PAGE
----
Living with a twenty month old is a lot like having a temperamental diva in the house. Not modern pop star, more classic Madame Butterfly—who just got panned in the New York Times.
Newspapers flying, glasses breaking, tears, screams and histrionics. And, that’s before the first diaper change.
One major difference between my pint-sized Prima Donna and one of a larger scale, besides her more limited repertoire of Puccini, is that my daughter’s period of solipsistic moodiness is supposed to be temporary.
Once her vocabulary catches up with her new-found sense of independence, her career in melodrama needs to end.
When might this happen? I read up a bit on the terrible twos on About.Com, and they offered a nifty little calculator to determine the timing of this curtain call.
You have 413 days - 10 hours - 9 minutes - and 9 seconds until your child is out of the terrible twos phase.
This was designed to make me feel better.
I really hate to complain about my children’s behavior because, 1) Nobody else cares, 2) They are creatures of my own making, and 3)They do bring more joy than frustration to my life.
How do you negotiate with a performer who will not listen to reason and is only satisfied when she gets her own way?
Toddler wants to pet the dog......in its eyes
Toddler wants to eat a goldfish cracker...off the pavement at the zoo.
Toddler wants to read Lyle, Lyle, Crocodile.....at 4:30 am.
Toddler wants to scream “Dadda”.....at the animatronic version of Ronald Reagan at Disney’s Hall of Presidents and shake hands with William H. Taft.
Besides the lack of judgment my little one displays (Taft?), her reaction to being denied is something to fear.
William Sears, the Southern California pediatrician writes in The Baby Book:
“Two basic feelings prompt most temper tantrums. A child has an intense curiosity and a desire to perform an act, but very often the desire is greater than the capability. This leads to intense frustration, which is released in a healthy tantrum. Second, newly found power and desire for “bigness” propel him toward a certain act, when suddenly someone from above, especially someone he loves, descends upon him with a “no.” .....Because he cannot yet handle emotions with reason, he chooses to cope with his inner emotions by a display of outward emotions, which we call a tantrum."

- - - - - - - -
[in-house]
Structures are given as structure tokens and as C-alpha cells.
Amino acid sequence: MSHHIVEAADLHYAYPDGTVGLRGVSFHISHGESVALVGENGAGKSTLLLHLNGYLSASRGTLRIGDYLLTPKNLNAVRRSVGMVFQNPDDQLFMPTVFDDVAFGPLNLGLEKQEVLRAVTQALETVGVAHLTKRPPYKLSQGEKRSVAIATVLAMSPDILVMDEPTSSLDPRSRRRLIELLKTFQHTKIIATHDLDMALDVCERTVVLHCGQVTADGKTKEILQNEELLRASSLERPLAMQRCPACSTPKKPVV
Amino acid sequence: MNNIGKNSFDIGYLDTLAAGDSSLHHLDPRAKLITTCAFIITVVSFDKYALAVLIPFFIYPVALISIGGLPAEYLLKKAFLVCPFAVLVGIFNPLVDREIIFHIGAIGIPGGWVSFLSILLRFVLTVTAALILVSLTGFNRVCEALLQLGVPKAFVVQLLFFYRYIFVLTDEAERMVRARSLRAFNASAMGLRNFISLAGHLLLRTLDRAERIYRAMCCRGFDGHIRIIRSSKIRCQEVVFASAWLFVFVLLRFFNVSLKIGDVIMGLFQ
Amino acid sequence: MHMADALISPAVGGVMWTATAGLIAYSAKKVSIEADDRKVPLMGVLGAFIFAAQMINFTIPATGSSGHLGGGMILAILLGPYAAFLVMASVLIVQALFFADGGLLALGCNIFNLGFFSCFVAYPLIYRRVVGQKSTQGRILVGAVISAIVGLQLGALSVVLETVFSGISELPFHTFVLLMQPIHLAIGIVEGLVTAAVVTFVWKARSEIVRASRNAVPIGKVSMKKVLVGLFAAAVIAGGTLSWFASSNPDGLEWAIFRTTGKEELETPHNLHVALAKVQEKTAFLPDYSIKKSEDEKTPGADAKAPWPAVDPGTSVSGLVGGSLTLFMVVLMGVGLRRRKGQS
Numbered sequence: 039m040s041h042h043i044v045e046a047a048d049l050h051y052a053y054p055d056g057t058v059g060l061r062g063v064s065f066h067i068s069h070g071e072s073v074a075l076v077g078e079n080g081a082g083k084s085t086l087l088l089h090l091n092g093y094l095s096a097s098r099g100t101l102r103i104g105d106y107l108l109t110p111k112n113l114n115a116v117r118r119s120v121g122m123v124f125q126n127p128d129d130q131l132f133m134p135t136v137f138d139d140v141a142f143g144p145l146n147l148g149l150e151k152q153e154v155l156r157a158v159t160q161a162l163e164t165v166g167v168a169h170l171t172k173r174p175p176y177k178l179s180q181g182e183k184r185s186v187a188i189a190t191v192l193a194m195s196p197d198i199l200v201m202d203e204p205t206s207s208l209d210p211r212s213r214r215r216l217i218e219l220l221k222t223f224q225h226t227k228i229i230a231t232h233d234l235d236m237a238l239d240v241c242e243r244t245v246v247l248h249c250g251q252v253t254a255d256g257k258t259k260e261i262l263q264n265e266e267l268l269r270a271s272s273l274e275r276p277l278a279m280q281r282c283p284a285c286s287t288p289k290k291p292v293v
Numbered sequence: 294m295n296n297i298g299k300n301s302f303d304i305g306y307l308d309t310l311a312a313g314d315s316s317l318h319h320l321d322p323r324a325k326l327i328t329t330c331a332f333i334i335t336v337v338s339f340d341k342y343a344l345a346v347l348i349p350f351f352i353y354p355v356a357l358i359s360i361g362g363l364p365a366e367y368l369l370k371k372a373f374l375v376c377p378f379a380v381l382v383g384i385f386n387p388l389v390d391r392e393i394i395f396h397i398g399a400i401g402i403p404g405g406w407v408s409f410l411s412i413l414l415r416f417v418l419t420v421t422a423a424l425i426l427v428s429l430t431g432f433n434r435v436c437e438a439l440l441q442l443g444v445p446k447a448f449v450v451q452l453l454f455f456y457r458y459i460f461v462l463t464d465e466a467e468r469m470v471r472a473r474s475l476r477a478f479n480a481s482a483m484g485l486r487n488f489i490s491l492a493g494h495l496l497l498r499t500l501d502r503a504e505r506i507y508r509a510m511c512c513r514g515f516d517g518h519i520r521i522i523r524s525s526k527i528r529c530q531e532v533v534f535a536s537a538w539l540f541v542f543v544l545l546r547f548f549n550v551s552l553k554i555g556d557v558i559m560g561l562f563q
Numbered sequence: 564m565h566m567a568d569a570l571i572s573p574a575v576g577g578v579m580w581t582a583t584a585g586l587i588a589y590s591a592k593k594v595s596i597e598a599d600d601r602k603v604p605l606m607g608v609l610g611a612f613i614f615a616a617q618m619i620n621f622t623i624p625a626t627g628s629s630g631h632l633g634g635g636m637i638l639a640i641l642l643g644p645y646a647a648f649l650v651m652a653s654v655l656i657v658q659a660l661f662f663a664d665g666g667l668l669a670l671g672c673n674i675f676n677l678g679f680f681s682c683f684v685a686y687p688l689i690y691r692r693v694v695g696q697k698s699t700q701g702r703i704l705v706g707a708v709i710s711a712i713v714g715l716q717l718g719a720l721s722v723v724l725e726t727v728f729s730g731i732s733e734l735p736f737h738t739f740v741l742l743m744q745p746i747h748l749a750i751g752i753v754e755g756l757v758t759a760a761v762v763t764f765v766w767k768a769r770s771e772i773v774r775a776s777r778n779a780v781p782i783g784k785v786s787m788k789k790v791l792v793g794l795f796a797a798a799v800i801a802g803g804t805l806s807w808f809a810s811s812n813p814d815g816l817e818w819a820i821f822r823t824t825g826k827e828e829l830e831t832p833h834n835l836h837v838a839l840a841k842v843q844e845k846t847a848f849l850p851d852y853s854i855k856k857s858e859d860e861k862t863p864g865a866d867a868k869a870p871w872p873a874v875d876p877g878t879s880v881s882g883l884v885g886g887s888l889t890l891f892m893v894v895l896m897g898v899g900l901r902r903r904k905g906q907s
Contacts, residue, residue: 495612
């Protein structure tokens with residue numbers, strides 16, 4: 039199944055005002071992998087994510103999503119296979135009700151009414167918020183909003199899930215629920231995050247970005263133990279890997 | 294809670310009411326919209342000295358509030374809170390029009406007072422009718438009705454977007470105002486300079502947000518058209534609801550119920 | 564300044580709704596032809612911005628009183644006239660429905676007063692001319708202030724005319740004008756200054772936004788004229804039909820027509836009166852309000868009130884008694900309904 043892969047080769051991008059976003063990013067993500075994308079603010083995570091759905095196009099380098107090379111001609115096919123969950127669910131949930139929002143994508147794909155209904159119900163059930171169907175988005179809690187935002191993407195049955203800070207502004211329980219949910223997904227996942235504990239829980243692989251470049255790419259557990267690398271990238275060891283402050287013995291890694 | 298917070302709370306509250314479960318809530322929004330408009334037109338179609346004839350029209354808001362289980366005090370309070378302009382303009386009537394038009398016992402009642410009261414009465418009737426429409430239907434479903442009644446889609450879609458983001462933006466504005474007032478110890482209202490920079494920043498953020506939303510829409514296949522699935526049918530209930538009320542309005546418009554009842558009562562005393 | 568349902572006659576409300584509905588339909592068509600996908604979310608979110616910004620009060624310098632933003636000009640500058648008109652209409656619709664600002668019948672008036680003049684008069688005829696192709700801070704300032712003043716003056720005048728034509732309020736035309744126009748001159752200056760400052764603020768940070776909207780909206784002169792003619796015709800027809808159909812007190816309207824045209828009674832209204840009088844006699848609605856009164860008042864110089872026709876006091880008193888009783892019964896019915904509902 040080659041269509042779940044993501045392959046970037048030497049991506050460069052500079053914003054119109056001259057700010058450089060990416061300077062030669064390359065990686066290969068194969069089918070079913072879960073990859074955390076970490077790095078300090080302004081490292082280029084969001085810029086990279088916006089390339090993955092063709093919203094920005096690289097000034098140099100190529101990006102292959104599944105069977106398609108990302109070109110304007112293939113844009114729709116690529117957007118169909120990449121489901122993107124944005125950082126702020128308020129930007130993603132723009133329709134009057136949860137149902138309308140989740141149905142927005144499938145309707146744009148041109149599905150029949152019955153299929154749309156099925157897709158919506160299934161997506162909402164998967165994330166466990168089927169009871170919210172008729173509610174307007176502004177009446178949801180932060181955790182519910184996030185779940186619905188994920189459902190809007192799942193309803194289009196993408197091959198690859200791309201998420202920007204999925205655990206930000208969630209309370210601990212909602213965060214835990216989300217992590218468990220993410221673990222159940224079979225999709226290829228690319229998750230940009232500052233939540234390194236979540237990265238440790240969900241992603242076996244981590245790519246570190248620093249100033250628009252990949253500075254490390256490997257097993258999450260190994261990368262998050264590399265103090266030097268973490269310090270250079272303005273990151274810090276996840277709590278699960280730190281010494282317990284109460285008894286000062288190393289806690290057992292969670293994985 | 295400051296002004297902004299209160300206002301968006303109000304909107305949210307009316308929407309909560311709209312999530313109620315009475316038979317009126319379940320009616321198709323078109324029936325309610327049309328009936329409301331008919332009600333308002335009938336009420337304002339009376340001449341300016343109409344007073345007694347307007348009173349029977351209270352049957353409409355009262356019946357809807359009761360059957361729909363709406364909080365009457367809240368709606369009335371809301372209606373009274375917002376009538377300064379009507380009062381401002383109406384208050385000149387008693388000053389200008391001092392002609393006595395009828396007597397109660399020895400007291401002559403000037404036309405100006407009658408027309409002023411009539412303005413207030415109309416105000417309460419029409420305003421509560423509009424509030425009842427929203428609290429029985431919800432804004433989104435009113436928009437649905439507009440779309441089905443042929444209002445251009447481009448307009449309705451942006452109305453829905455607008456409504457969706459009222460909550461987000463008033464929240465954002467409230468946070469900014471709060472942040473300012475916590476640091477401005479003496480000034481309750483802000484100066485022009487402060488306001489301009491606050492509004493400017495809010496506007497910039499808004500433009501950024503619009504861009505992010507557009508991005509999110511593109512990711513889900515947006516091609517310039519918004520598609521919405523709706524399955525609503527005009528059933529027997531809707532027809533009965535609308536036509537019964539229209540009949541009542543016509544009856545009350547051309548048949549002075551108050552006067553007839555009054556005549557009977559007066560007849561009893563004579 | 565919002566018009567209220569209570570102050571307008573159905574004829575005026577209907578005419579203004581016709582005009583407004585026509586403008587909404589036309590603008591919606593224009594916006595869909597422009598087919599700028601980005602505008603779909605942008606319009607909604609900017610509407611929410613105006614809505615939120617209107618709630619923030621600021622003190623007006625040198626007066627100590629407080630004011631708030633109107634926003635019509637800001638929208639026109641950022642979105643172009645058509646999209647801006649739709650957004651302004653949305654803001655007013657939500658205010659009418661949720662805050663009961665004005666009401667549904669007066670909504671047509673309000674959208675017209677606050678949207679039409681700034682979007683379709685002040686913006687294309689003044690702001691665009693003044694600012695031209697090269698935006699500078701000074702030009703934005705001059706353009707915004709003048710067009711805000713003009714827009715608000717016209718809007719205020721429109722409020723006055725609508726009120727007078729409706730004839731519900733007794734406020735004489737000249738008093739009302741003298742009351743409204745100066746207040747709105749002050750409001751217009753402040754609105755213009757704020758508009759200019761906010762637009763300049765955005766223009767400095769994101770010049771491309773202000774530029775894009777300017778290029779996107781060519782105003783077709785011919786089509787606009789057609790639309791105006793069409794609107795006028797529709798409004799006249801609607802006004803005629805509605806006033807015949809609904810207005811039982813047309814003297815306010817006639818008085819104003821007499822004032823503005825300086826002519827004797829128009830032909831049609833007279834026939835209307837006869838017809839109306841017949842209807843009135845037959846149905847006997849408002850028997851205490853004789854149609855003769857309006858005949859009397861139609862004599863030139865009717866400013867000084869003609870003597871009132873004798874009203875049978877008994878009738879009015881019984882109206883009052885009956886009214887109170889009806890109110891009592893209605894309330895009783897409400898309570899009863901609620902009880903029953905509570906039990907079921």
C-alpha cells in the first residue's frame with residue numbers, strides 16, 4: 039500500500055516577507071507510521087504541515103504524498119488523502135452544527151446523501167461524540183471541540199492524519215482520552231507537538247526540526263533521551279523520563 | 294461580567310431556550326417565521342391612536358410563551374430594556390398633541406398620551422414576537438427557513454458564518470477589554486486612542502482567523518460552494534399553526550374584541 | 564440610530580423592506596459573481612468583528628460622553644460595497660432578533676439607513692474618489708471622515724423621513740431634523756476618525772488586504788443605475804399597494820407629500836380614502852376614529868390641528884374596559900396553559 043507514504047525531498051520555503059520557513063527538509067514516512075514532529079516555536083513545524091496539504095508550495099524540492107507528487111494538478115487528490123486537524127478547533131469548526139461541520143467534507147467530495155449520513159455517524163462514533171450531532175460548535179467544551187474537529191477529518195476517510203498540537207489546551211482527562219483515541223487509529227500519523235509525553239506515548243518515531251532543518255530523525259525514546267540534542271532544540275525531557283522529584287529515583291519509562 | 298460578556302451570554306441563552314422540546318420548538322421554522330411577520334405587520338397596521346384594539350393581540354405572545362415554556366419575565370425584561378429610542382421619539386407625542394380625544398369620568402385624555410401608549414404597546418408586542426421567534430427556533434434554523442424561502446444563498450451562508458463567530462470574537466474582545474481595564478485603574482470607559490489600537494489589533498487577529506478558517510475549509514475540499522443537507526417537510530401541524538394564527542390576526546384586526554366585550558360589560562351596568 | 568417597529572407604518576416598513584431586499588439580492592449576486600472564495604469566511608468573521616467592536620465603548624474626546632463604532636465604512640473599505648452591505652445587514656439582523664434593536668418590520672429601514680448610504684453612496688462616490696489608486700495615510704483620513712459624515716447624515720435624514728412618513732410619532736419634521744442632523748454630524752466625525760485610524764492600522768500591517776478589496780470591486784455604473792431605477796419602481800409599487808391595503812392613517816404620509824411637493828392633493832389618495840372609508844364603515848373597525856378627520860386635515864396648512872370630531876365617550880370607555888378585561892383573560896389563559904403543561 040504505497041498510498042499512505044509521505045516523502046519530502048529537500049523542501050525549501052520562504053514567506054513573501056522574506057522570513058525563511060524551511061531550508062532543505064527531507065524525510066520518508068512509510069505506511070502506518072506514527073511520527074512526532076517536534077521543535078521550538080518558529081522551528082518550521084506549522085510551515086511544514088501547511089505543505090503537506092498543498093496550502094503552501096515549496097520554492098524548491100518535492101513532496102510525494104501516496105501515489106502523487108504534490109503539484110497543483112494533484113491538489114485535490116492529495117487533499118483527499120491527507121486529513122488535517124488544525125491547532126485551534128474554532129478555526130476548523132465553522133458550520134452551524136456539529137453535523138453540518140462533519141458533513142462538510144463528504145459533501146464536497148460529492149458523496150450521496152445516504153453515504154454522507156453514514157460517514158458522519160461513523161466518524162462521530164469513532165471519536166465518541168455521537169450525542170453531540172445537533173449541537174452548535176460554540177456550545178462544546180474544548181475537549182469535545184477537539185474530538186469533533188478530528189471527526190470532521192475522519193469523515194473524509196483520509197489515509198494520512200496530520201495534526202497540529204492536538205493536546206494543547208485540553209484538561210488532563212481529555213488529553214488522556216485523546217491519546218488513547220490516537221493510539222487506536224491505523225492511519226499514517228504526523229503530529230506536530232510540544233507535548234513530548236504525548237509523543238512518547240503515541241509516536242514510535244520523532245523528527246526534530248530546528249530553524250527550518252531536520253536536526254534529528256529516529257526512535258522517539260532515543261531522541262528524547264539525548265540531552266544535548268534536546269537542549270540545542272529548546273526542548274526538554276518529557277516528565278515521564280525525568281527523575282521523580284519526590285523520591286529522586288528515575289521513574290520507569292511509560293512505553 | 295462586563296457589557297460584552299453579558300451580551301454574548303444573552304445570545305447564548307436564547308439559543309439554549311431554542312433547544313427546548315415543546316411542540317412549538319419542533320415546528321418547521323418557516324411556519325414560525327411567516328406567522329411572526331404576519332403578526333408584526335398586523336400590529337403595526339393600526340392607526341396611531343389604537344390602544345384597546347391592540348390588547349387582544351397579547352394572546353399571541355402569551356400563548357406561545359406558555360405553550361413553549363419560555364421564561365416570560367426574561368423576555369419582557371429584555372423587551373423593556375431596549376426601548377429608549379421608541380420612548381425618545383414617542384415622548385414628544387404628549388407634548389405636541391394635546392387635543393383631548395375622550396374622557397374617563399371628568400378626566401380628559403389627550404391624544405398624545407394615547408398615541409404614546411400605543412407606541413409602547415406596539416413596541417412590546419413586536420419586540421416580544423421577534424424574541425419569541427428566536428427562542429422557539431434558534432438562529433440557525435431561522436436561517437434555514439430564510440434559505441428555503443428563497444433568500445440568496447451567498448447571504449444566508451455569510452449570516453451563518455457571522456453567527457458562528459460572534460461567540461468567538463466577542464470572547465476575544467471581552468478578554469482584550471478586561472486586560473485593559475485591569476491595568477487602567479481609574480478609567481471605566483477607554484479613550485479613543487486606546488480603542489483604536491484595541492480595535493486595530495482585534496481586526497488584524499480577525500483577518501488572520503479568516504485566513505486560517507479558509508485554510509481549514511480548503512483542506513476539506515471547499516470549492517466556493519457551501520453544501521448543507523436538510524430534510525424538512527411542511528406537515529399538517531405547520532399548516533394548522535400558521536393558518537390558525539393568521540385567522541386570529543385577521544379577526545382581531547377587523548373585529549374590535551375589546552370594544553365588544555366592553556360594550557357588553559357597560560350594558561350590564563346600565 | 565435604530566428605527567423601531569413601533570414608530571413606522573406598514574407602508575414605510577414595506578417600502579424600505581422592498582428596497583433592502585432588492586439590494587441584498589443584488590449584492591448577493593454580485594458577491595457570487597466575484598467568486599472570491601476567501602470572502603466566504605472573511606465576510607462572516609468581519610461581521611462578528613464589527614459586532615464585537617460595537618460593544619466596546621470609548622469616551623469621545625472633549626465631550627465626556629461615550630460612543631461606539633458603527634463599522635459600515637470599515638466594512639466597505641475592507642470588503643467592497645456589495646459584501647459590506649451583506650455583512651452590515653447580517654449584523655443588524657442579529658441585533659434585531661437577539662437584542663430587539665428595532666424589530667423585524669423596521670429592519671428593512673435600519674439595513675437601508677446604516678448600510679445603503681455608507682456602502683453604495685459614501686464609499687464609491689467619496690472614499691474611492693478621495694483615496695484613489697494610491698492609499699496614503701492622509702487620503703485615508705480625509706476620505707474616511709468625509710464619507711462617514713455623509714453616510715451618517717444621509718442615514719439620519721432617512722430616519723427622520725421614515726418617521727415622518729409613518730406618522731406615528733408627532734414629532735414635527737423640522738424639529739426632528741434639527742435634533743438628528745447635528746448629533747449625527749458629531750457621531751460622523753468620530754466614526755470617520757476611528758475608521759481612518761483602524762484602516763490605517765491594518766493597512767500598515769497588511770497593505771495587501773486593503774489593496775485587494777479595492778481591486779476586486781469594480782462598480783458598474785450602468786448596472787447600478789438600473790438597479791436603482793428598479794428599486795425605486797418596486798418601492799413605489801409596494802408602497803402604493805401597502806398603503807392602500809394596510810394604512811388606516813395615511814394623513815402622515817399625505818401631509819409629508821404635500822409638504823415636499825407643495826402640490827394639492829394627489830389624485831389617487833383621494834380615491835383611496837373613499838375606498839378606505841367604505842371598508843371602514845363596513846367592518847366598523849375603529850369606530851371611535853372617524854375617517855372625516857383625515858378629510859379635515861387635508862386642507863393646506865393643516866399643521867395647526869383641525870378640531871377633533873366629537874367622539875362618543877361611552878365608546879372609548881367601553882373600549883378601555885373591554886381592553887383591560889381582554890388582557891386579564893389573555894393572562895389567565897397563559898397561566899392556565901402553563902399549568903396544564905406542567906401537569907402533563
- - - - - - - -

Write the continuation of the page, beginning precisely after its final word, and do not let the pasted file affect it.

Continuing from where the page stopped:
Outside of Southern Californing it's also called a "meltdown", or "reason why I'm losing my mind."
I wanted to explain this to the older women staring at me at J. C. Penney’s while I sat and waited for my daughter to cool off .
Why is your child clutching the mannequin leg?
She’s mad at me.
What did you do?
I took away her apple?
She’d dropped it and it rolled all over this disgusting carpet and I’d rather she not eat it now.
How long are you going to let her cling to that mannequin?
It’s only ten, right?
I didn’t have to pick up my oldest daughter from school until noon, but thankfully, our standoff did not last that long.
And, so it goes...I was definitely the villian in that production.
The next scene happened in our house, with no audience in attendance. My daughter, Ava, entered upstage, through a door that we can pretend leads off to our deck (because it acutally does).
Ava enters with sand in her hands. Runs into den and scatters sand over wood floor. Finds big sister’s juice box, takes straw out, squeezes six ounces of apple juice over sand.
Calm, loving, generous, and elegantly dressed mother enters from same door, discovers mess and rushes to Ava, quickly removes juice box from toddler’s hands and sings "shhhh" in a melodious soprano.
Ava screams, charges baby gate, escapes to kitchen, finds dog’s water bowl and dumps water all over kitchen floor, stomping and squeaking in delight.
Mother stands, supresses a shriek—and witnesses that her stomach has just turned to Jell-O.
Music, fade to black, or night-light, whatever works.
There are other times of course, when my little one hugs me and demands kiss after kiss. When she sits patiently, mesmerized by a soap bubble. When she smiles and bounces with pure joy because she recognizes the first few notes of a song. When her ability to live in the moment, for the moment, is her most precious trait of all.
It's a parent's dilemma to want her children to grow up, knowing that as they gain the ability to reason and compromise, they'll lose a bit of their imaginations and passion.
But, only revolutionaries and artists can live by those alone.
And, we all know how temperamental they can be.
Post Script: Thank you so much for clicking (and commenting) on the story in Mamapedia last week. Your support means a great deal to me. And, if you had a chance to read last week's post, The Other Vaccine Debate, (about Gardasil), I have added something to the end of the original post --a few comments I received from health professionals, which add even more context.